Market News & Insights
25 May 2017

There May Be Trouble ahead…

The US dollar this morning is on the back foot following last night’s slightly dovish minutes from the FOMC. The dollar index is back towards Monday’s 6 and a half month lows, while US bond yields also slipped after the Fed signaled a cautious approach to future rate hikes. The market continues to see the Fed on track for a June lift off, pricing in about a 75 percent chance, but this decision may come down to the wire, with next Friday’s payroll number carrying significant weight.

The minutes highlighted policymakers caution around raising rates, agreeing that they should hold off on hiking until they see evidence that a recent economic slowdown was transitory. The Fed also outlined their strategy for a gradual approach reduction to the size of the central banks $4.5trn balance sheet, in a similar manner to how it tapered its monthly bond buying program.

Staying with the topic of tapering, where the ECB and Bank of Japan are coming under further pressure to look at reducing their current bond buying programs (QE), while also start to prepare markets for the idea of future rate rises. Investors however, continue to take advantage of today’s loose monetary conditions with recent record highs in global equities including the UK’s FTSE, the German DAX, S&P 500 and NASDAQ. In past commentaries we have spoken about the VIX index, colloquially known as the market’s “fear index”, which has fallen below 10 points again this morning. On its face, this makes little sense with world seemingly a more uncertain place than ever before. High valuations, China’s economy, North Korea’s missile testing, Donald Trump’s weekly headlines, Brexit negotiations and the recent global cyber-attacks; it appears there is plenty of fuel for concern.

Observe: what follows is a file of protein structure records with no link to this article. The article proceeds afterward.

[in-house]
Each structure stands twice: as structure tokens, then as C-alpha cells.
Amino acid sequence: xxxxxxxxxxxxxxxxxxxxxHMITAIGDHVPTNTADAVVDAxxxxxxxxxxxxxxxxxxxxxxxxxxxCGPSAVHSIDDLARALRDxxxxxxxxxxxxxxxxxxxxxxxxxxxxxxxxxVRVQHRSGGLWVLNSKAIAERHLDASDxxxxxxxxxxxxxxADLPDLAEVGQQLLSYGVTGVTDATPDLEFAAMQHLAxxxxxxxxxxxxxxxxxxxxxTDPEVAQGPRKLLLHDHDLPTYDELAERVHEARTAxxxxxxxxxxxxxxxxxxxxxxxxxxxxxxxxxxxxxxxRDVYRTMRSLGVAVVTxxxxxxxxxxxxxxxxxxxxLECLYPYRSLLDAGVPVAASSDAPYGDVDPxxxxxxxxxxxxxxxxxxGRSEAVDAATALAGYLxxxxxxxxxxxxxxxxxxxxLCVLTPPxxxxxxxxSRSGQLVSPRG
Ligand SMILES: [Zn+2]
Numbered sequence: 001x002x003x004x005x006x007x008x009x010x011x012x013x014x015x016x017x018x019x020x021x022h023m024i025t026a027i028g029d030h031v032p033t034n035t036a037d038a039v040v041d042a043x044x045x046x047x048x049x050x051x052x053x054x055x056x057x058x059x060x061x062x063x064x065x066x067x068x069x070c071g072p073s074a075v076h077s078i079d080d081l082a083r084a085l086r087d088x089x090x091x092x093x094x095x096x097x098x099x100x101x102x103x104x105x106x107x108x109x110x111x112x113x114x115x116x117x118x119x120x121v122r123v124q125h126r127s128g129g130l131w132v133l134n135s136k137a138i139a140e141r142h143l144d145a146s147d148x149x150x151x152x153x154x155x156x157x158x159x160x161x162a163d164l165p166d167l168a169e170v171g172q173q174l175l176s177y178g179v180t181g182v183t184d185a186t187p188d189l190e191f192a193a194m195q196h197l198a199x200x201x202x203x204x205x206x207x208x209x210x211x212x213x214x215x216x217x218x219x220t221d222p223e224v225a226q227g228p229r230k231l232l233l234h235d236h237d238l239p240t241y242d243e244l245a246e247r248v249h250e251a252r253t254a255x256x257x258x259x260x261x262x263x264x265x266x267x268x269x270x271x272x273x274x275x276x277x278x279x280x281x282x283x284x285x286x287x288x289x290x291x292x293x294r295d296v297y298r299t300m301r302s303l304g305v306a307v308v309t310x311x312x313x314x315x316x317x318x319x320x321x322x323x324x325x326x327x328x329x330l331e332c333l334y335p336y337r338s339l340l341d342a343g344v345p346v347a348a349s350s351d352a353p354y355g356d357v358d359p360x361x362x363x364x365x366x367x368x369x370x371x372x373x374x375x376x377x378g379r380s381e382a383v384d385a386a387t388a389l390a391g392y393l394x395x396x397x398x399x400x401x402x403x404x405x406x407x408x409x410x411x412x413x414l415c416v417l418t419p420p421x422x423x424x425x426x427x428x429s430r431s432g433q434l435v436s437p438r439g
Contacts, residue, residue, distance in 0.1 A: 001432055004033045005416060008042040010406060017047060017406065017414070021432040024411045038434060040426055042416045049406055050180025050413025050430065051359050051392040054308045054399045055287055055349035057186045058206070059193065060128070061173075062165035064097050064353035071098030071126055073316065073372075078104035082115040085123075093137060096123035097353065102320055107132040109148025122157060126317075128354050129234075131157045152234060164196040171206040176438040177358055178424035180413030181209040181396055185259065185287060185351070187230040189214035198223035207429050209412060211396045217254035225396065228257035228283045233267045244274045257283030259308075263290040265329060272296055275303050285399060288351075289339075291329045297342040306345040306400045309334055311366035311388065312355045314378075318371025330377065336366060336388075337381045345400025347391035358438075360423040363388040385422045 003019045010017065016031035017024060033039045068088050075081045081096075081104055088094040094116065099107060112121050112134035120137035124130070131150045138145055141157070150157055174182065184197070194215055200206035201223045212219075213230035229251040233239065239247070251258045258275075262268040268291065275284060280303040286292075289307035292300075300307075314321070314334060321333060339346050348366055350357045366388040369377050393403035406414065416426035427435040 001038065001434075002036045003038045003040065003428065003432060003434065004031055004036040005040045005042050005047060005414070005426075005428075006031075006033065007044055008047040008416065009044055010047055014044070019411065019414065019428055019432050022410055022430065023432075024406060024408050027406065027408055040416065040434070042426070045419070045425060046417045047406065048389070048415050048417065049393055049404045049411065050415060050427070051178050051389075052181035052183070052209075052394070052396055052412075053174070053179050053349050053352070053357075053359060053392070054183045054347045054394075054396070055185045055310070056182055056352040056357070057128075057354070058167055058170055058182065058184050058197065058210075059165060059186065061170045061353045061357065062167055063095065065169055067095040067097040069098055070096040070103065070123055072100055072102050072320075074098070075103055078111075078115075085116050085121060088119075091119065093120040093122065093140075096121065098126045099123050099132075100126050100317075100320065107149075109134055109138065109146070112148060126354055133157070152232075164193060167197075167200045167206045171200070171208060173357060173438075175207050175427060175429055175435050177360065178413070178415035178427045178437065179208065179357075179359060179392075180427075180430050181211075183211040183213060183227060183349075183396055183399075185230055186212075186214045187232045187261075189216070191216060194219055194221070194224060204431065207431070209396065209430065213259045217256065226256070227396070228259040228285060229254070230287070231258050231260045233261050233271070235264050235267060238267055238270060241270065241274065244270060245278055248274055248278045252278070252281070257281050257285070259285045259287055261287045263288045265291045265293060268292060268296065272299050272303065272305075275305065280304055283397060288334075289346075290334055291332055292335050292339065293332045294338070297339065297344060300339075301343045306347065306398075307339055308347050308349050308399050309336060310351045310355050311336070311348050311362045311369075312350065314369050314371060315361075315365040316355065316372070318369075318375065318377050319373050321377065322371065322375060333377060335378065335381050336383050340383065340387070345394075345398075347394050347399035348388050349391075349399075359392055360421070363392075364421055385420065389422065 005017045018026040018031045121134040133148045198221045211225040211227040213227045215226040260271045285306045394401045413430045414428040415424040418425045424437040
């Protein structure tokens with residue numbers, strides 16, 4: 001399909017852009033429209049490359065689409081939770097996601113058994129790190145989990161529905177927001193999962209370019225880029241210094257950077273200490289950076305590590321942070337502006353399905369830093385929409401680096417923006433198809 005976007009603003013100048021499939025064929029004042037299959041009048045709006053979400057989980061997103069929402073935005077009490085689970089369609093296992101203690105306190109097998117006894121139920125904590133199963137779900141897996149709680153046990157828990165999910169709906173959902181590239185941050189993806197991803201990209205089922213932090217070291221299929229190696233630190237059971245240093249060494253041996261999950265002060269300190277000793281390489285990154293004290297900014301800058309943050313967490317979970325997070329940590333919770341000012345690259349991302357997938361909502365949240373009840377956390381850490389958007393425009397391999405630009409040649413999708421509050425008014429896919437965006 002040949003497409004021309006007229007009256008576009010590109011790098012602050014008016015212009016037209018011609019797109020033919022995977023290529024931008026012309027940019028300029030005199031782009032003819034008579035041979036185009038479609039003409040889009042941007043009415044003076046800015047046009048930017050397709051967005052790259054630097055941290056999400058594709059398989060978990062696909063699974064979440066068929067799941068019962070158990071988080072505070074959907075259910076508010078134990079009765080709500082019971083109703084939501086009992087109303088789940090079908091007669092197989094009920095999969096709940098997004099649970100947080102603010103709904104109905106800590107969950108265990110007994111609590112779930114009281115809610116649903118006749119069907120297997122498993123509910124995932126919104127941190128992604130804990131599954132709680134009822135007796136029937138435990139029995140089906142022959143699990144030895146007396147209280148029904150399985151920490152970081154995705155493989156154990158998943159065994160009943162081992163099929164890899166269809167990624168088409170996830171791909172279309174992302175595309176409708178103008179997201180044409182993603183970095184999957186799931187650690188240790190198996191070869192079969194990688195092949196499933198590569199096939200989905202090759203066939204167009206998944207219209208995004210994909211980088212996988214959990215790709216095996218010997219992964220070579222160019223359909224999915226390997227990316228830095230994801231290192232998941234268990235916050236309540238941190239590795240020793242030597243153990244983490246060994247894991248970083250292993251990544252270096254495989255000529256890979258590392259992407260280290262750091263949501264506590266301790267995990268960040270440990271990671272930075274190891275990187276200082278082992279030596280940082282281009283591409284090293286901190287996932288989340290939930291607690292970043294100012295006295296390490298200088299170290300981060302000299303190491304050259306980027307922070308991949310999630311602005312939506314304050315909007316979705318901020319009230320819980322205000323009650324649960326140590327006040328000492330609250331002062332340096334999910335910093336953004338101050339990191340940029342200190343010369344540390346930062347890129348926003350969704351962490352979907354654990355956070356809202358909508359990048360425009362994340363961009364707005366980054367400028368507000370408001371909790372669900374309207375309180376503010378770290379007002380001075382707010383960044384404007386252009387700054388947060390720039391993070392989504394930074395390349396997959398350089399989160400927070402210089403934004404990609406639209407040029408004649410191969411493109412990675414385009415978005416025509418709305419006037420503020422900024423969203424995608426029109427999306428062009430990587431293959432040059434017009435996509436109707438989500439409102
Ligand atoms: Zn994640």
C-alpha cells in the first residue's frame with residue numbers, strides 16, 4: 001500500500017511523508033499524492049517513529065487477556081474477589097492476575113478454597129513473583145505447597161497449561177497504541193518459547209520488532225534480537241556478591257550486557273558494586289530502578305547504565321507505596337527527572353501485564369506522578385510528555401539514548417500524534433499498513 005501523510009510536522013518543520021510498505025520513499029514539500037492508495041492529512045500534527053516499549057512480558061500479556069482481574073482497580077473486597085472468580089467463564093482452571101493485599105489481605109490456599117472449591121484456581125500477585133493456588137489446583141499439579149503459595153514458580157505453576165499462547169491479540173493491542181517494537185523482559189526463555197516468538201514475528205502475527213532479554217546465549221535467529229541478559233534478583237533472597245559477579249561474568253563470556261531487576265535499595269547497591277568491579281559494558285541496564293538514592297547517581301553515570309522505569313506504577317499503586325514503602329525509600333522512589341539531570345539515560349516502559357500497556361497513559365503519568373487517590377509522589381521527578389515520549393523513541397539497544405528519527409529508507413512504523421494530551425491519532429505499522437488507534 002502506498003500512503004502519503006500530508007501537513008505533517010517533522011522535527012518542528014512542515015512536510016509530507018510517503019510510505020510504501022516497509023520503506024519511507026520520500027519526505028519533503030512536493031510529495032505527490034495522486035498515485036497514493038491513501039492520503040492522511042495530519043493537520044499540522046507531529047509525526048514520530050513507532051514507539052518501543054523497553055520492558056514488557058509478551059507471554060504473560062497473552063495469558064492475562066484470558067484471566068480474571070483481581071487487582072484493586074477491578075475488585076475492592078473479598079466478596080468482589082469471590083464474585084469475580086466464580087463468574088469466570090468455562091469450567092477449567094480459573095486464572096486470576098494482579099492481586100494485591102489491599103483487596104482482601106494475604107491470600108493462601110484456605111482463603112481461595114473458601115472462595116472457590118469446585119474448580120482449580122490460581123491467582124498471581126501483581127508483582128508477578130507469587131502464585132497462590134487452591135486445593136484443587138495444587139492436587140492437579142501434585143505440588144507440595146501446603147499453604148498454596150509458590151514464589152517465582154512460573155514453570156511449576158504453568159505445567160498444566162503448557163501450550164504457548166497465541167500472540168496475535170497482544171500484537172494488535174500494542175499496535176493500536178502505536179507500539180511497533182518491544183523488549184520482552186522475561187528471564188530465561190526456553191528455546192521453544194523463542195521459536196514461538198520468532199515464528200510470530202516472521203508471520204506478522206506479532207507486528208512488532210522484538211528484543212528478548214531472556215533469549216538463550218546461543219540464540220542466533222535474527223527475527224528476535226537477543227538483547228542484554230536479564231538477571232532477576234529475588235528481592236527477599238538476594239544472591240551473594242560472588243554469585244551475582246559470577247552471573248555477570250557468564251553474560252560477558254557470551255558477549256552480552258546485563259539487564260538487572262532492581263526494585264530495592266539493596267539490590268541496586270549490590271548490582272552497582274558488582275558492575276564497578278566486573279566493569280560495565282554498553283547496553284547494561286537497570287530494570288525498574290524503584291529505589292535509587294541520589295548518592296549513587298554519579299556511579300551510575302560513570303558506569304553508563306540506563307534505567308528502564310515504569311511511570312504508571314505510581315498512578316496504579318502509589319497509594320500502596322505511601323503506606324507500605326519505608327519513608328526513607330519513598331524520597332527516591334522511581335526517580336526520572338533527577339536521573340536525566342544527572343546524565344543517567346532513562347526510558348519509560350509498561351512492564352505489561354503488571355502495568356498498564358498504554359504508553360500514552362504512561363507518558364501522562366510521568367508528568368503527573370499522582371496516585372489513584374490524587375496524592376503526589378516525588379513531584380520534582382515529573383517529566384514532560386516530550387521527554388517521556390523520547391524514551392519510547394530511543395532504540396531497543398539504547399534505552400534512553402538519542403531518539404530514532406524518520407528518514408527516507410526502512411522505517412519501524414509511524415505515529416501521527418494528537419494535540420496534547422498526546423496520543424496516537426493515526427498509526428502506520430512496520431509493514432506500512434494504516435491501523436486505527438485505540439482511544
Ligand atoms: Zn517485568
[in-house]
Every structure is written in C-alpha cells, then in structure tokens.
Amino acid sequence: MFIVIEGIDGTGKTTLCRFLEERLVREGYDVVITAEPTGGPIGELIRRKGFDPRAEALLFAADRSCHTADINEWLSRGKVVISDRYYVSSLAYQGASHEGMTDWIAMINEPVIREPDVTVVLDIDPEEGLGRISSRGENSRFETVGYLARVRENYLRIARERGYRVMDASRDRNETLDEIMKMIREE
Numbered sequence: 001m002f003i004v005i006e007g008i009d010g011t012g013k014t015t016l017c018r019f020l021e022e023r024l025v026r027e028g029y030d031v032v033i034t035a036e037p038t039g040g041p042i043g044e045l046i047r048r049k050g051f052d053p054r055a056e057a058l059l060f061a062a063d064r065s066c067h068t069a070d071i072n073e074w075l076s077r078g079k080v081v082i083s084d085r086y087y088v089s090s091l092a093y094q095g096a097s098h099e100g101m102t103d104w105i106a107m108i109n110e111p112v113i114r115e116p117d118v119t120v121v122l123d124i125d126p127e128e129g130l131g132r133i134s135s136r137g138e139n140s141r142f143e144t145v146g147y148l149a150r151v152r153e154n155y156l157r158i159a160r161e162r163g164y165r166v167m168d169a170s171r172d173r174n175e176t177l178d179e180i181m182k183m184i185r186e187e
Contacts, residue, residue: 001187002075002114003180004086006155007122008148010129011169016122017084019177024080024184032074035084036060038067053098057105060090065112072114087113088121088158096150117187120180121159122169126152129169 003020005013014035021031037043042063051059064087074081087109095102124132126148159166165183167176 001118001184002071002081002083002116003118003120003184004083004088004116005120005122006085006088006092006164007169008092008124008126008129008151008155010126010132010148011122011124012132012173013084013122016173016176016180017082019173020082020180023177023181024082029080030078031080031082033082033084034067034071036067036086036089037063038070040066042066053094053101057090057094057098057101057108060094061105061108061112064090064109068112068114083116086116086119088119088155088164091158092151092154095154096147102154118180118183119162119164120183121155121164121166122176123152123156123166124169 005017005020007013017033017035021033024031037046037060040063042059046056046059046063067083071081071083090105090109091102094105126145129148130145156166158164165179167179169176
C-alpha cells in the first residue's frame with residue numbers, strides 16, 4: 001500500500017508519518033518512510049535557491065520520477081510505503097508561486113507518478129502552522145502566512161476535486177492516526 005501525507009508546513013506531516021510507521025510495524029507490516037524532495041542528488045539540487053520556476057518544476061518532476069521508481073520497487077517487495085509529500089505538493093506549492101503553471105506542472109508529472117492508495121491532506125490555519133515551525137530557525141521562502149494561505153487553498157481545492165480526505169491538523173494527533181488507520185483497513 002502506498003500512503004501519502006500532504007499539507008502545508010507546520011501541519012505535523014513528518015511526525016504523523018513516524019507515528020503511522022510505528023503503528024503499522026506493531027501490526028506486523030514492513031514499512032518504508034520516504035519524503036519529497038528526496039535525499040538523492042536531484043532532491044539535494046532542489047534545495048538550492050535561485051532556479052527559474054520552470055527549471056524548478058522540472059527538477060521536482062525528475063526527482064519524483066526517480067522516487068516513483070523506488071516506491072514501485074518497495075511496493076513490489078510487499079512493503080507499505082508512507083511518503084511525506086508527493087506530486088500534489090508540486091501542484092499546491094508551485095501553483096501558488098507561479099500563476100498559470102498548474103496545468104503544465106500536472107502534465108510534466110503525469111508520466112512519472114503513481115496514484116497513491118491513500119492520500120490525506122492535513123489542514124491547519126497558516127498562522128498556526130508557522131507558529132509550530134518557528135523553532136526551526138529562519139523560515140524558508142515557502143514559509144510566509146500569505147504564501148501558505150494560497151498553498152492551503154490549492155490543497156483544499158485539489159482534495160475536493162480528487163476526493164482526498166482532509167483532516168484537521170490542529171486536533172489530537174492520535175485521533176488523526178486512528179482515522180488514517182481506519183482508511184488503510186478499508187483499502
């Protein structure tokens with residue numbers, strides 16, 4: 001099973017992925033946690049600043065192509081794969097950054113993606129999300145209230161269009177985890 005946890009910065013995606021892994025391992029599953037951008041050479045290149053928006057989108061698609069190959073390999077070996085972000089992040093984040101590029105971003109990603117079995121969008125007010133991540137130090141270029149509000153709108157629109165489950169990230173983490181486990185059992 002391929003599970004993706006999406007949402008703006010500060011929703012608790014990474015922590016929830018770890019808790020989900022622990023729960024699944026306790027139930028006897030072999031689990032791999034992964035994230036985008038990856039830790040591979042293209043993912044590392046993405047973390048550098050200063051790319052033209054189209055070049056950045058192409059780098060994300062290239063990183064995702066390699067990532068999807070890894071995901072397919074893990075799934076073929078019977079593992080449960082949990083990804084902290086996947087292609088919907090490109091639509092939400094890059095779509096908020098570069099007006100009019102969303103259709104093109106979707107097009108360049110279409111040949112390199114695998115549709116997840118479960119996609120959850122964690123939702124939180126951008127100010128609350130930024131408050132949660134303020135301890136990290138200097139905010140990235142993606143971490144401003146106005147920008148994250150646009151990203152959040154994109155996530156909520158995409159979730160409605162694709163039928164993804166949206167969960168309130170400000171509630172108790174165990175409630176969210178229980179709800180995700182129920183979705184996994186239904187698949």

To put today’s VIX reading into context, since 1990, the ticker has had fewer than 10 days below the 10 point mark. Historical trends from these lows are mixed, with sub 10 readings in 1993 and 2006 having “limited to modest market correction” in the months following according to Morgan Stanley. However, the last time the index touched on these historic lows in 2007, was just before the global financial crises. Some comparisons today can be drawn up the with 2007 global financial crisis. Back then, financial institutions offered teaser rates pre crisis to encourage borrowers with initial low payment charges, after this initial period repayments became too high for borrowers to pay and so began the crisis. Fast forward to today where central banks have introduced cheap money stimulus programs in the form of QE and negative rates to encourage borrowers. With the deadline for these programs seemingly approaching, is history to repeat itself a decade on from the last crisis?

While we are not stating that the next financial crisis is around the corner, we are just highlighting the importance of protecting from such a risk.

On the currency front, the single currency has certainly enjoyed a bull run this month on the back of reduced political risk from the French election, while better than expected Eurozone data has also contributed. The single currency continues to drive toward the 1.13 level, while against the pound it failed overnight at the 1.16 (EURGBP .8620) level and has pulled back towards 1.15 (EURGBP .8695).

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